To begin this series of philosophical concepts useful to me (read the intro here), a duality came to mind, one I find very much alive in today’s society: Friedrich Nietzsche‘s Master/Slave morality.
To me, Nietzsche was a very passionate philosopher. His prose is a very raw and intimate transposition of his thoughts to paper and you often get the feeling that he is confiding in you and you alone. He was also known as the “attack philosopher”: Socrates, Plato, his teacher Arthur Schopenhauer, Democracy, Religion (specially the Judeo-Christian traditions) were some of the targets of his blunt and sometimes vicious criticism. Nietzsche also often exaggerated his arguments, leading to misinterpretations in the past:
One of his recurring concerns was the concept of Good and Evil, and the moral frameworks necessary for such notions to arise and develop. In the book “On the Genealogy of Morals” – not surprisingly subtitled “A polemic” – Nietzsche describes his effort in tracing back the origins of good and evil while playing off his perspectivism against the notion of morals: if ideas are all construed from a perspective, there is not a single moral construct, but several. And so he distinguishes the concepts of Master and Slave morality:
The Masters can easily be found in the great ancient civilizations such as the Greeks, that Nietzsche deeply admired and loved though he focused on the Pre-Socratics and the great warriors of Homer’s epics (“Iliad” and “Odyssey”). They were, for the most part, a small group of aristocrats and other privileged elements of the society, supported by a very large number of merchants, peasants and, most of all, slaves.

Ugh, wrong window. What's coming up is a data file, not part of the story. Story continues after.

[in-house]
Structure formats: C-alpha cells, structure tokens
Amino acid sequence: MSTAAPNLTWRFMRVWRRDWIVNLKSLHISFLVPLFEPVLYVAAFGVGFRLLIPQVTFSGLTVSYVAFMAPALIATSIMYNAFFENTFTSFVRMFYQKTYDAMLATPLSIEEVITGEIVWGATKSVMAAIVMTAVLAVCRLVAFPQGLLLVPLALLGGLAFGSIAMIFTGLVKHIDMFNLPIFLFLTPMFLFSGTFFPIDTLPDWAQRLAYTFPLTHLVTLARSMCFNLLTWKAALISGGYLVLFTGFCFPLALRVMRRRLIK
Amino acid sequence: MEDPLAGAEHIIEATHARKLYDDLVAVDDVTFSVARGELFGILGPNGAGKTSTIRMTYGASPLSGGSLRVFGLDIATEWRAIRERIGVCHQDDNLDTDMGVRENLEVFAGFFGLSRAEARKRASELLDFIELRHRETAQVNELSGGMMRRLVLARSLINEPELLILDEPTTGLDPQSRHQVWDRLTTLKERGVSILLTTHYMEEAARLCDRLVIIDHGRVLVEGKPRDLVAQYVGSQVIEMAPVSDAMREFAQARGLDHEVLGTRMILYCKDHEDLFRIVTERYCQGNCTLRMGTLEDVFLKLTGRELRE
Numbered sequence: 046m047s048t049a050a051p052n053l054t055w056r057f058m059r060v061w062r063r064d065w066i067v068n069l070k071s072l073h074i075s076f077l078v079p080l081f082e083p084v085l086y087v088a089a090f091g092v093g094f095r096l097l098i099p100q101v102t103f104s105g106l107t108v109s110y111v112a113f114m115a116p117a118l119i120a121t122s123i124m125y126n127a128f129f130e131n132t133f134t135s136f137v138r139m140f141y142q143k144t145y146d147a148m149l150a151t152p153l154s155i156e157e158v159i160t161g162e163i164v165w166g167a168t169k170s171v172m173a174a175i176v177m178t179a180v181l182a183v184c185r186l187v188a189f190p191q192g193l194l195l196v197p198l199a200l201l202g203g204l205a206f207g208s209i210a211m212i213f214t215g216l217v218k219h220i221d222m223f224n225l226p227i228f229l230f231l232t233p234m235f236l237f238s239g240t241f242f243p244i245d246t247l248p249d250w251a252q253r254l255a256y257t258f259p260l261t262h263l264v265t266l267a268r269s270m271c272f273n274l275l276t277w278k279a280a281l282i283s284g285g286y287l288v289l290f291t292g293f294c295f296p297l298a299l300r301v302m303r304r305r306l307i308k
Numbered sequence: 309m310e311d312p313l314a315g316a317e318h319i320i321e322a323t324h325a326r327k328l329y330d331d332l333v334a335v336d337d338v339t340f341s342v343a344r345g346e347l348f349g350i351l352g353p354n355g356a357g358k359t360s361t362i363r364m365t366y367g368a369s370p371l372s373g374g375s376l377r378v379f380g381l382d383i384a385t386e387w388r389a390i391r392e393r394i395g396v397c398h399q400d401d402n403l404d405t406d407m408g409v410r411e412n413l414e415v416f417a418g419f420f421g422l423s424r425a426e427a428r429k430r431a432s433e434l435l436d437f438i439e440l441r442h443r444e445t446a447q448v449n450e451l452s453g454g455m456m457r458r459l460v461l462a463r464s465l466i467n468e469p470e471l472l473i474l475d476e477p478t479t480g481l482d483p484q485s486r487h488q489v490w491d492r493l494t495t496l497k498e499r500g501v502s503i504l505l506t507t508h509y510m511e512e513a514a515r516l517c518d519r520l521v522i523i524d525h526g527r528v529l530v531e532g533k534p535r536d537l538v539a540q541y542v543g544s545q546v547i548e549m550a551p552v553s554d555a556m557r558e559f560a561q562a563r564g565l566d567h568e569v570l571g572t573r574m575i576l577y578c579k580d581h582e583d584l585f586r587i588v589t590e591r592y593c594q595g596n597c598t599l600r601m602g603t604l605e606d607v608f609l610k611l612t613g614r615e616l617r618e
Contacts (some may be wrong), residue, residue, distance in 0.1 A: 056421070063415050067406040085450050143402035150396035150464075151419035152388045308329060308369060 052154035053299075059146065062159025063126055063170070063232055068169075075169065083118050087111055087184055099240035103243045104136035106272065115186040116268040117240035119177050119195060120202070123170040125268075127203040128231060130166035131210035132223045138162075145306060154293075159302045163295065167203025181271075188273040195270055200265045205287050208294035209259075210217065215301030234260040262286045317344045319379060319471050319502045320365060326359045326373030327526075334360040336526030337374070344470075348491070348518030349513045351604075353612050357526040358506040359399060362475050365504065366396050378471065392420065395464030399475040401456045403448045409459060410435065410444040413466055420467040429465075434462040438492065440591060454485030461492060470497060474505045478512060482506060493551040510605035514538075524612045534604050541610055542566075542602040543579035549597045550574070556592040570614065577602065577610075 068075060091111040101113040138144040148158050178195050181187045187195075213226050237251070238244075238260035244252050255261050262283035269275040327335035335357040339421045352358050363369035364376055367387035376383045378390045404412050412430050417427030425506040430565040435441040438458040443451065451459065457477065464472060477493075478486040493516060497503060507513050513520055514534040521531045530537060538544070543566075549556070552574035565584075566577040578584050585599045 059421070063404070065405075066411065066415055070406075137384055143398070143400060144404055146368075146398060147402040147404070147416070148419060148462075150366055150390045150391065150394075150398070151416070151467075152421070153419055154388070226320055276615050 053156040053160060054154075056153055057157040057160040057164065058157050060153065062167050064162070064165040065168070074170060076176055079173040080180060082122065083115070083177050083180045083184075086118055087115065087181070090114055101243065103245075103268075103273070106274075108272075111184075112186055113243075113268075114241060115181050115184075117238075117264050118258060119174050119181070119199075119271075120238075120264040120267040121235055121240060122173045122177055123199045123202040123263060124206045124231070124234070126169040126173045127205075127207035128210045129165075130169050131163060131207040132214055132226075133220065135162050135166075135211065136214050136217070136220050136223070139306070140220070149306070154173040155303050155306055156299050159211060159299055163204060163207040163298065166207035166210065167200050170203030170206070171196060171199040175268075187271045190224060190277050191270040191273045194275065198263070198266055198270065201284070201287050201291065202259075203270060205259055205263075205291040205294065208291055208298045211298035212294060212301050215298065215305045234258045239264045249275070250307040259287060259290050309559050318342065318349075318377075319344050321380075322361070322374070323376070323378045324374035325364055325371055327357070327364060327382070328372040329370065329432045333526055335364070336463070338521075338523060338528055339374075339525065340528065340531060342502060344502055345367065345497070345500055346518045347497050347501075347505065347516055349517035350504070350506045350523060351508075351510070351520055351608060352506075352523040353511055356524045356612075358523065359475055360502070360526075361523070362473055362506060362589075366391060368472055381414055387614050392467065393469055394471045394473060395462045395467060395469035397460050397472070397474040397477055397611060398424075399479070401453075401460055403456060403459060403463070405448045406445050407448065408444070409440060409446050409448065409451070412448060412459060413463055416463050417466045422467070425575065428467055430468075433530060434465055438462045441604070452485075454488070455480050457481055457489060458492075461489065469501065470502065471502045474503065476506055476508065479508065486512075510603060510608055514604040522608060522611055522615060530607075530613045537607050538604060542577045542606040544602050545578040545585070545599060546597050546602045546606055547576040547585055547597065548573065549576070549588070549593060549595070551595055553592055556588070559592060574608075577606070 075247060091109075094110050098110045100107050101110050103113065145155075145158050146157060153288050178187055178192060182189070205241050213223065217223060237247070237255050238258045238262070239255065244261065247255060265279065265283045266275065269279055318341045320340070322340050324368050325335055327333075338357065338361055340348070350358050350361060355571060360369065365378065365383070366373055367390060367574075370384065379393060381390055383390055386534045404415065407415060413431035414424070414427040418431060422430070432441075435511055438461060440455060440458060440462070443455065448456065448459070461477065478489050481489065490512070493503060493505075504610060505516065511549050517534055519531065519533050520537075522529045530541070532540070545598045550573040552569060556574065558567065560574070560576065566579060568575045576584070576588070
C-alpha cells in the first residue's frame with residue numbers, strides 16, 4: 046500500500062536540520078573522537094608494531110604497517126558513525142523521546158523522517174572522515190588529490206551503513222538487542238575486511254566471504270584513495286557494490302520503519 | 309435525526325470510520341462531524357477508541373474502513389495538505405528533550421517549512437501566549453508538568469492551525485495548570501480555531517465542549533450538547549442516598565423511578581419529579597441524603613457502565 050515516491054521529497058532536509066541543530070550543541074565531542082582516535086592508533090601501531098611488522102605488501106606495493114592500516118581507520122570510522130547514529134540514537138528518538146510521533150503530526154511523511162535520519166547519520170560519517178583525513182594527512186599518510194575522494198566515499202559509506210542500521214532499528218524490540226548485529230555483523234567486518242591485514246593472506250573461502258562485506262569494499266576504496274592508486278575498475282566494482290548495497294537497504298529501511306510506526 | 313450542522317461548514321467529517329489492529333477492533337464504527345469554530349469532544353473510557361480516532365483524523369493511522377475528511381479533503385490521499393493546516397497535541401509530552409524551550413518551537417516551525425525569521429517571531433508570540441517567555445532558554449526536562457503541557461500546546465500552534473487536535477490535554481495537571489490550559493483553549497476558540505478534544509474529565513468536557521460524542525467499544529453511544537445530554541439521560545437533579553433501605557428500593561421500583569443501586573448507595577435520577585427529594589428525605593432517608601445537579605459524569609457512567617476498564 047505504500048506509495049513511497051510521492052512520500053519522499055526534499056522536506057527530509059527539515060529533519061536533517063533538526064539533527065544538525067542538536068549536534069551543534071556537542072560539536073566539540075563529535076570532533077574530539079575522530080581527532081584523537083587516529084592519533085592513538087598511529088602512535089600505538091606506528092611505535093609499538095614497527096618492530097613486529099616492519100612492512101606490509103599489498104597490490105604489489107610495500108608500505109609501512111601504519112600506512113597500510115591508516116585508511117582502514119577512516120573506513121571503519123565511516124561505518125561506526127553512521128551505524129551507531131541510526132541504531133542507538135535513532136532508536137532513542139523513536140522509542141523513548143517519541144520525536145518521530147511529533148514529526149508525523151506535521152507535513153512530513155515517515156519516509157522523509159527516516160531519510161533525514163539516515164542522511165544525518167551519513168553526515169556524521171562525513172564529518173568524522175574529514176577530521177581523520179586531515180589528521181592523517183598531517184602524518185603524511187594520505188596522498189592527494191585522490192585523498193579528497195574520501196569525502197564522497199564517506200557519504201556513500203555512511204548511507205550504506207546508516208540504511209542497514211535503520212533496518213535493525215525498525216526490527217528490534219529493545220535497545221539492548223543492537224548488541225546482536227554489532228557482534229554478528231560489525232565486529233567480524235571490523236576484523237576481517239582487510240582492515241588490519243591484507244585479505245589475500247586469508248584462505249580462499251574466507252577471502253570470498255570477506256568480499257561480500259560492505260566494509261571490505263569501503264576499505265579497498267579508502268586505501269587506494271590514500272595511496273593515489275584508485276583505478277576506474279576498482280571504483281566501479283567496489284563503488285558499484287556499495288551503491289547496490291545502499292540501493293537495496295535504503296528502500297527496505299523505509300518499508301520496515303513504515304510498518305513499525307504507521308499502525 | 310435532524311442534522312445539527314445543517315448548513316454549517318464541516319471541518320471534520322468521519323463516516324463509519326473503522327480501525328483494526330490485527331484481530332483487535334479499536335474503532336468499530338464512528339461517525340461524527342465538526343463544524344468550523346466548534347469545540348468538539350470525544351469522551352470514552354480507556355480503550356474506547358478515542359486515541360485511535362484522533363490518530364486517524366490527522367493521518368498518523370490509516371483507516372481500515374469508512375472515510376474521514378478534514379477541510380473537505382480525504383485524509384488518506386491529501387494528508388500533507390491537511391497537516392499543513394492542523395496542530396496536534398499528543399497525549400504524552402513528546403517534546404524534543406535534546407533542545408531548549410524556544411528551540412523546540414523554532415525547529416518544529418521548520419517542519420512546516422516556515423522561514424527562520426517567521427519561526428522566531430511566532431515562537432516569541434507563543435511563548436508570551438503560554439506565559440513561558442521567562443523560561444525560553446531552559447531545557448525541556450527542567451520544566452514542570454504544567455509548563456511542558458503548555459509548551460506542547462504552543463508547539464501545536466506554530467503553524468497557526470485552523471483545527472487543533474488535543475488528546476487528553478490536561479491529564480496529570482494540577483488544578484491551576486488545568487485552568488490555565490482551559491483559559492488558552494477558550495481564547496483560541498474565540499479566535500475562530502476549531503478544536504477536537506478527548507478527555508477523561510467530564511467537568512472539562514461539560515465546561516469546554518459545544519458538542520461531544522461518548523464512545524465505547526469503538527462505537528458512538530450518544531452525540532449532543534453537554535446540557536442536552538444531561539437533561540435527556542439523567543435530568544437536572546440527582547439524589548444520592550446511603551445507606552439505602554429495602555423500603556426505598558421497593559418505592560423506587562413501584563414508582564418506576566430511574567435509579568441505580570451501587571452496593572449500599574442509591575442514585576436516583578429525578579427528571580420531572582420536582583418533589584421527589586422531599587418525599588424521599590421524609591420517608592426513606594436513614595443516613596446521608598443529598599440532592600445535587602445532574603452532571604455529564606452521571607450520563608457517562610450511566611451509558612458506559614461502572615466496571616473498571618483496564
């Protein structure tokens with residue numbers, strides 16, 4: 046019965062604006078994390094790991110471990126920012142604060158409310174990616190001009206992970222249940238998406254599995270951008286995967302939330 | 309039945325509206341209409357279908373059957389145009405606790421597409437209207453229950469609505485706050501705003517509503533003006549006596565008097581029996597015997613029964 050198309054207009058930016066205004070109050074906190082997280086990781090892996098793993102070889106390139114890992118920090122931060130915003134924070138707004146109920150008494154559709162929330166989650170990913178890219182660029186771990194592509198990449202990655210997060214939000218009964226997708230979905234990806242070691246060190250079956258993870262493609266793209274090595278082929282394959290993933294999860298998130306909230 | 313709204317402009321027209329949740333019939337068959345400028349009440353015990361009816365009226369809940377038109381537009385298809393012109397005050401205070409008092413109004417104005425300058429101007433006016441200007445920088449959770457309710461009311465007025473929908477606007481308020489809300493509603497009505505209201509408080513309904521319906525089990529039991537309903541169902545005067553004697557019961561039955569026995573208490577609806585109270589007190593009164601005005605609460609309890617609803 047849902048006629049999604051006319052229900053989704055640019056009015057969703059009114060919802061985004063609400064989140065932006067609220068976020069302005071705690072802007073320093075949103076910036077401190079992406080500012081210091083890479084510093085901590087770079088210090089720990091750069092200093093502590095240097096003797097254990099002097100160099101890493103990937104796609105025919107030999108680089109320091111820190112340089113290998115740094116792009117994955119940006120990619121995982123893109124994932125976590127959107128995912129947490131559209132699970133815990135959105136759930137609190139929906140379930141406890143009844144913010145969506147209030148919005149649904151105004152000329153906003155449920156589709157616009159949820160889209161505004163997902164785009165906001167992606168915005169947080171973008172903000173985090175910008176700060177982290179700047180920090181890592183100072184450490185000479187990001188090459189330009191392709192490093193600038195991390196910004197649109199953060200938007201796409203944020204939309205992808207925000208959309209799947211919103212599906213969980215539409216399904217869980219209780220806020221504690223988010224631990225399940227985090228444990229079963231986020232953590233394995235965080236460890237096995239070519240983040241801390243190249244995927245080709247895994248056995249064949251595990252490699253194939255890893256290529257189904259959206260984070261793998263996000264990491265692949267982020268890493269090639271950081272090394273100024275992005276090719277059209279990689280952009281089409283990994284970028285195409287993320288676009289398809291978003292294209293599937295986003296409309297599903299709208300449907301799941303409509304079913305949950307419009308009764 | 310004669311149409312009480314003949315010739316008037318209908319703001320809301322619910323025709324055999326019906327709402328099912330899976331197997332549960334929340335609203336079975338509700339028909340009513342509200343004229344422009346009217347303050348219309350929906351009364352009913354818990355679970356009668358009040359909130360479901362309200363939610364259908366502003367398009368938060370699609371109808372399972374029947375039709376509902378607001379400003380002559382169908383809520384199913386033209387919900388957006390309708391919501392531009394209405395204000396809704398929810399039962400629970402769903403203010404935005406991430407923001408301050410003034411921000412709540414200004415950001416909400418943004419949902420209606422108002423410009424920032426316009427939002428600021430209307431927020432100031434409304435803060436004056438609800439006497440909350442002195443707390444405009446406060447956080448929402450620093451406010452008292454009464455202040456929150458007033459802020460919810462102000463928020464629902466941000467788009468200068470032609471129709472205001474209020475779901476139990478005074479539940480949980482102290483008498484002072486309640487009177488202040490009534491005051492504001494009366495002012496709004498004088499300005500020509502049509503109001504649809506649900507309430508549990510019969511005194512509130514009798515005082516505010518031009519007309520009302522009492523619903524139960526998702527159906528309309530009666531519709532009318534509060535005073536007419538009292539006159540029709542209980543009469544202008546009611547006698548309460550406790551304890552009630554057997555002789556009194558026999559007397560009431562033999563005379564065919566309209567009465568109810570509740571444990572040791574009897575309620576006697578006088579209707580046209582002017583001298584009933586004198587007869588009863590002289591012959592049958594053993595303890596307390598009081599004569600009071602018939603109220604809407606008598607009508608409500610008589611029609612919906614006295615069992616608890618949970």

Aristotle, a master.
At the top of this very large pyramid base, the Masters pursued excellency, compared themselves to no one (one must be careful here and note that they keyword is pride, not vanity), created their own values, created themselves. They considered what they did as good, noble and the actions of “lesser” people as bad, weak, pathetic. Nietzsche clearly distinguishes “good and evil” (something Masters were beyond of) from “good and bad” (strong and weak). They were also very focused on this world, which is something that plays an important role in Slave Morality.
Slave morality is, on the other hand, a response to Master Morality. Its creators were, for the most part, actual slaves, who deeply resented their masters.
Theirs was a moral of reaction, of subversion, of self-denial, where the values of their masters were turned upside down, viewed as evil. Note here how “evil” in the slaves’ perspective is about something strong while “bad” in the masters’ view is about weakness. You can see how quickly excellency, pride, creativity, being strong willed and even egoistic can be turned into mediocrity, humbleness, resentfulness, altruism and self-deception. Seeking knowledge and perfection was no longer admirable and ignorance almost became..bliss.
The Judeo-Christian religions heavily contributed and stood by the side of Slave Morality, offering an alternative to this world, valuing humility, self-restriction and self-denial:
Another interesting property to be noted is that, while masters created values for themselves, slave morality tries to put everyone under the same beliefs (again a very religious, single point-of-view moral perspective).
Society has come to widely accept Slave Morality as desirable and this is something Nietzsche was very concerned about as he wrote the book. Defining yourself through the opposite of what you resent is clearly harmful, though we shouldn’t be too quick to dismiss Slave morality entirely (or Master morality) for it might have something to teach us about how we behave ourselves and how we respond to our environment.
So to finish this long post, here’s a homework for today: try to spot a behavior that you clearly identify as “Slave Morality” and another that follows the Master mentality!